Snowy owls used to be very abundant in Barrow, so much so that the Inupiaq village name Utqiagvik actually means "place where they hunt snowy owls". Nowadays they are not as common but we were lucky enough to have one guarding a nest every day about 100 meters from the ARF.
Here is another snowy owl hanging out in the middle of town, sitting on top of a gas line blow off valve... oh the irony...
In the middle of the summer we had 2 weeks of terribly windy weather that made sampling most of our stations impossible. This panoramic shot is taken from the middle of the spit that leads to Plover Point facing parallel to the Beaufort coast. It shows the Beaufort Sea of the left and the Elson lagoon on the right, and as you can see the waves had gotten so big that they went all the way over the spit and into the lagoon. This is aparent from the smooth surface left behind by the crossing water.
Apparently turbid water does not affect the Beluga Whales ability to catch fish though, near Plover Point we found a pod of well over 50 whales feeding on something that we will never know (though it was probably Arctic Cod as we caught lots of them at a nearby site that same day). This extra curious whale came right up to the beach to take a better look at me. This behaviour is called pilot hopping and allows whales to see what is going on above water, its much more common in other whales and I was pretty lucky to see a beluga do this, let alone capture it on camera.
This spotted seal was being necropsied by a North Slope Borough Department of Wildlife biologist. The pelt was still in good condition so it was removed and given to a local native Alaskan.
This is the only 8ft zodiac I know of that is powered by a 175 HP yamaha. We towed this boat all the way to Cooper Island at speeds well above 30MPH so that we could pull a few seines out there and pay George Divoky (http://cooperisland.org/) a visit.
Cooper Island is an old Naval establishment. This island is often referred to as the golden island because its sediment is a gold/bronze color which is quite unique when compared to the other sediments in the area which are predominantly brown.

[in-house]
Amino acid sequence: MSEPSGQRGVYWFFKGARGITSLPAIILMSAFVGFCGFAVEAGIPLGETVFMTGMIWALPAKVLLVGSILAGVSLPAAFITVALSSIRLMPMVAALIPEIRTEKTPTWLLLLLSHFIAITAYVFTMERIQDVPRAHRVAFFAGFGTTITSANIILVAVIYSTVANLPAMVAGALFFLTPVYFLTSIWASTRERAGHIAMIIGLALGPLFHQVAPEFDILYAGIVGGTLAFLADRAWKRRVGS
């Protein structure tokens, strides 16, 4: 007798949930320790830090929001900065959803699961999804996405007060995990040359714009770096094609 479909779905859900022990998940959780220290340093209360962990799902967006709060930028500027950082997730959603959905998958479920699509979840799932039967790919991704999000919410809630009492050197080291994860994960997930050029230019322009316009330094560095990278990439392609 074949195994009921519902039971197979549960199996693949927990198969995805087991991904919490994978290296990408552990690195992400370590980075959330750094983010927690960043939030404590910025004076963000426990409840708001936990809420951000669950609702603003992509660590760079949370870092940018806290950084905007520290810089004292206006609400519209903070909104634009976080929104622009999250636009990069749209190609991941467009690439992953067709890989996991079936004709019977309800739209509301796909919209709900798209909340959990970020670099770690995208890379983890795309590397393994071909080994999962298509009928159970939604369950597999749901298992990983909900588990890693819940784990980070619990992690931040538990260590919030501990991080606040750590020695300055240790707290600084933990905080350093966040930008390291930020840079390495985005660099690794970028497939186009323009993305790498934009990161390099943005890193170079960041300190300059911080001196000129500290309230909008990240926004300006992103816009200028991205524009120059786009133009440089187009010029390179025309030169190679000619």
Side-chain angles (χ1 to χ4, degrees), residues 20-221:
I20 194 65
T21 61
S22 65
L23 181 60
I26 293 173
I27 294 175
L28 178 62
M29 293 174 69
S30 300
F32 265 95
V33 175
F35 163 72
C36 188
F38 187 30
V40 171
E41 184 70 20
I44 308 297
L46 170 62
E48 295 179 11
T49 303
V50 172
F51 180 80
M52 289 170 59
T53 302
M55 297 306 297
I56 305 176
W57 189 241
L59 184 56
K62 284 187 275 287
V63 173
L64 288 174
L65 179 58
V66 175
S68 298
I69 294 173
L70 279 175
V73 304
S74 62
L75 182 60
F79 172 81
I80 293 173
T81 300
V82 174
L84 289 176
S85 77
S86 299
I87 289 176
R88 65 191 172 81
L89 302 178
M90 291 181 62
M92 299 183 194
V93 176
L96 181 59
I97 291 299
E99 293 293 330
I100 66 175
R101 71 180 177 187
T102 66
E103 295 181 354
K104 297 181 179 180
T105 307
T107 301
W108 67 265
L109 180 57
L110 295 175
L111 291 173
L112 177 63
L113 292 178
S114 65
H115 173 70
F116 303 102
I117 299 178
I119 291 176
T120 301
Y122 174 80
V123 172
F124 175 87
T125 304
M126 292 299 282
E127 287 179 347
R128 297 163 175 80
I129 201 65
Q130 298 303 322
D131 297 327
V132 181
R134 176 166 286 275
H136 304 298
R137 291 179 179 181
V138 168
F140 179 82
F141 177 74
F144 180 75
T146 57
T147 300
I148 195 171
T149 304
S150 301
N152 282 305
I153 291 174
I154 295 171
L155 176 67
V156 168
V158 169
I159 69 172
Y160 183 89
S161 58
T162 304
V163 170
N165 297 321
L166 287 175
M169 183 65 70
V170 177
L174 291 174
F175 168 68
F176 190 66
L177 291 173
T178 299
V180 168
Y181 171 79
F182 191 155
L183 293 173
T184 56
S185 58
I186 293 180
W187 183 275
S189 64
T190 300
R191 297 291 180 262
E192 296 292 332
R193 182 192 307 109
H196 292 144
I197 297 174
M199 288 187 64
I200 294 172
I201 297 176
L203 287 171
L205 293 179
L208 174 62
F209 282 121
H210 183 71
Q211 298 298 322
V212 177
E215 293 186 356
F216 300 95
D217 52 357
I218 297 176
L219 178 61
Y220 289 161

When the Navy left, they left behind a great deal of debris which Black Guillemots have since started using as nesting sites. George Divoky has been monitoring this breeding colony of Guillemots for 40 years now, and has provided incredibly important data for understanding how global climate change will affect the Arctic regions.
Over the years, the naval debris has fallen apart and no longer provided suitable protection for raising young guillemots, especially with hungry bears roaming the island. George has modified these hard cases to provide a nesting cubby for the guillemots, it also allows him to easily access the birds to weighing and measuring. Here we see George measuring a chick, and a nest filled with fourhorn sculpin that have been delivered to the chick by the parents.
We were told that there were lots of polar bears in the area and it seemed likely that I would finally see my first polar bear.
We didn't see one on the island, but on our way back we finally saw one near Plover Point, only a few hundred yards away from where we often sample. This was a rather small bear (6-7ft) and was munching on a piece of whale carcass on the beach.
Back on the mainland, our Family Science Day Coloring Contest deadline had past. After much deliberation we chose this flounder as the winner! The winner was 12 year old, Ida Kilapsuk.
Here is Ida receiving her prizes, an ACES team shirt and a huge flaming hammerhead shark kite.
This was too expensive to purchase and too beautiful to not share. this is a carving made from a full walrus tusk, it is just stunning!
On a trip down to monument we came across this little Arctic Fox, he was just hanging out at the top of the bluff watching us drive by.
To our surprise, when we got to monument, there was another polar bear on the beach! (photo credit goes to Yosty Storms).
Here is the same bear swimming away (against the current). They are surprisingly fast!